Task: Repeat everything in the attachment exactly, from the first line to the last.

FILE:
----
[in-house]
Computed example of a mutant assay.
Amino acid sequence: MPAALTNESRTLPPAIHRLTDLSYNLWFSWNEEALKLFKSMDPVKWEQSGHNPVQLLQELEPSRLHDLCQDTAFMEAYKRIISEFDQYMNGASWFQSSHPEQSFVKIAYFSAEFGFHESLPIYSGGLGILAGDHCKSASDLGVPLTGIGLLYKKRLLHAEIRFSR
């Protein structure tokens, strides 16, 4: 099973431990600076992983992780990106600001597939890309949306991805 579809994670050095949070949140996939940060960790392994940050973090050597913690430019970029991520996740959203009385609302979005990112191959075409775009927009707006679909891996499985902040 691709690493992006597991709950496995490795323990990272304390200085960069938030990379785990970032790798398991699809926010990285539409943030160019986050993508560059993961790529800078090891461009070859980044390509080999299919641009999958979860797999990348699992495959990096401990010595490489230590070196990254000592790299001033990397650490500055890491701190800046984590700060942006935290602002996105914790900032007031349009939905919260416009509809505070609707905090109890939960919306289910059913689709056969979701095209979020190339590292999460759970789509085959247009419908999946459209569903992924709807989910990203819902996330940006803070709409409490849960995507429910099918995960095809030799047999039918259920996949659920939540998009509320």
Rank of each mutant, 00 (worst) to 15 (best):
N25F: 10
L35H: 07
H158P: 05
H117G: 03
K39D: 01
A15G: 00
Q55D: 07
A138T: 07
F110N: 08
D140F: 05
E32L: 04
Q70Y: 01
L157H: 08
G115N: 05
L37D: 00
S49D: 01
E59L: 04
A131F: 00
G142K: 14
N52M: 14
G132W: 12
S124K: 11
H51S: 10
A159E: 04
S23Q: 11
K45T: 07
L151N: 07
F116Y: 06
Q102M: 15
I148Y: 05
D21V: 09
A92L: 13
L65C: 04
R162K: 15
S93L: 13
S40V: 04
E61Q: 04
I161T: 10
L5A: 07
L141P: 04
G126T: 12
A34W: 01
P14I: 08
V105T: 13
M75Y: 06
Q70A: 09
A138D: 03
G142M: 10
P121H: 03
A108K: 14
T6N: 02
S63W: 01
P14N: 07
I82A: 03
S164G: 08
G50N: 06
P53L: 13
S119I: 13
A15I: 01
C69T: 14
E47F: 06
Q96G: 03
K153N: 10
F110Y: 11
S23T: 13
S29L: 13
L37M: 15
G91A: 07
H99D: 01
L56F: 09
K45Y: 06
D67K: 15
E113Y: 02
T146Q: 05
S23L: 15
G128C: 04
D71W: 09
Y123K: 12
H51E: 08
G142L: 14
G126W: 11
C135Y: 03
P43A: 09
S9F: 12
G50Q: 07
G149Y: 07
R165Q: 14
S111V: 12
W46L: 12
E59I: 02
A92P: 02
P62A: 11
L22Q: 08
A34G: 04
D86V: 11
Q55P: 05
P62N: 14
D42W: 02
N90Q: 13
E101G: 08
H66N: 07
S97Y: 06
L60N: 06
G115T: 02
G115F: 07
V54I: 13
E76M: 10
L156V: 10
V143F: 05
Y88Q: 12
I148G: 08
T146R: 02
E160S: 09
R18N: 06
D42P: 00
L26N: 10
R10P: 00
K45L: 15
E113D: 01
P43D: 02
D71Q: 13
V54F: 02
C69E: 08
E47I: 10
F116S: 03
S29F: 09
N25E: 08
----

[in-house]
Computed example of a mutant assay.
Amino acid sequence: MPAALTNESRTLPPAIHRLTDLSYNLWFSWNEEALKLFKSMDPVKWEQSGHNPVQLLQELEPSRLHDLCQDTAFMEAYKRIISEFDQYMNGASWFQSSHPEQSFVKIAYFSAEFGFHESLPIYSGGLGILAGDHCKSASDLGVPLTGIGLLYKKRLLHAEIRFSR
């Protein structure tokens, strides 16, 4: 099973431990600076992983992780990106600001597939890309949306991805 579809994670050095949070949140996939940060960790392994940050973090050597913690430019970029991520996740959203009385609302979005990112191959075409775009927009707006679909891996499985902040 691709690493992006597991709950496995490795323990990272304390200085960069938030990379785990970032790798398991699809926010990285539409943030160019986050993508560059993961790529800078090891461009070859980044390509080999299919641009999958979860797999990348699992495959990096401990010595490489230590070196990254000592790299001033990397650490500055890491701190800046984590700060942006935290602002996105914790900032007031349009939905919260416009509809505070609707905090109890939960919306289910059913689709056969979701095209979020190339590292999460759970789509085959247009419908999946459209569903992924709807989910990203819902996330940006803070709409409490849960995507429910099918995960095809030799047999039918259920996949659920939540998009509320």
Rank of each mutant, 00 (worst) to 15 (best):
N25F: 10
L35H: 07
H158P: 05
H117G: 03
K39D: 01
A15G: 00
Q55D: 07
A138T: 07
F110N: 08
D140F: 05
E32L: 04
Q70Y: 01
L157H: 08
G115N: 05
L37D: 00
S49D: 01
E59L: 04
A131F: 00
G142K: 14
N52M: 14
G132W: 12
S124K: 11
H51S: 10
A159E: 04
S23Q: 11
K45T: 07
L151N: 07
F116Y: 06
Q102M: 15
I148Y: 05
D21V: 09
A92L: 13
L65C: 04
R162K: 15
S93L: 13
S40V: 04
E61Q: 04
I161T: 10
L5A: 07
L141P: 04
G126T: 12
A34W: 01
P14I: 08
V105T: 13
M75Y: 06
Q70A: 09
A138D: 03
G142M: 10
P121H: 03
A108K: 14
T6N: 02
S63W: 01
P14N: 07
I82A: 03
S164G: 08
G50N: 06
P53L: 13
S119I: 13
A15I: 01
C69T: 14
E47F: 06
Q96G: 03
K153N: 10
F110Y: 11
S23T: 13
S29L: 13
L37M: 15
G91A: 07
H99D: 01
L56F: 09
K45Y: 06
D67K: 15
E113Y: 02
T146Q: 05
S23L: 15
G128C: 04
D71W: 09
Y123K: 12
H51E: 08
G142L: 14
G126W: 11
C135Y: 03
P43A: 09
S9F: 12
G50Q: 07
G149Y: 07
R165Q: 14
S111V: 12
W46L: 12
E59I: 02
A92P: 02
P62A: 11
L22Q: 08
A34G: 04
D86V: 11
Q55P: 05
P62N: 14
D42W: 02
N90Q: 13
E101G: 08
H66N: 07
S97Y: 06
L60N: 06
G115T: 02
G115F: 07
V54I: 13
E76M: 10
L156V: 10
V143F: 05
Y88Q: 12
I148G: 08
T146R: 02
E160S: 09
R18N: 06
D42P: 00
L26N: 10
R10P: 00
K45L: 15
E113D: 01
P43D: 02
D71Q: 13
V54F: 02
C69E: 08
E47I: 10
F116S: 03
S29F: 09
N25E: 08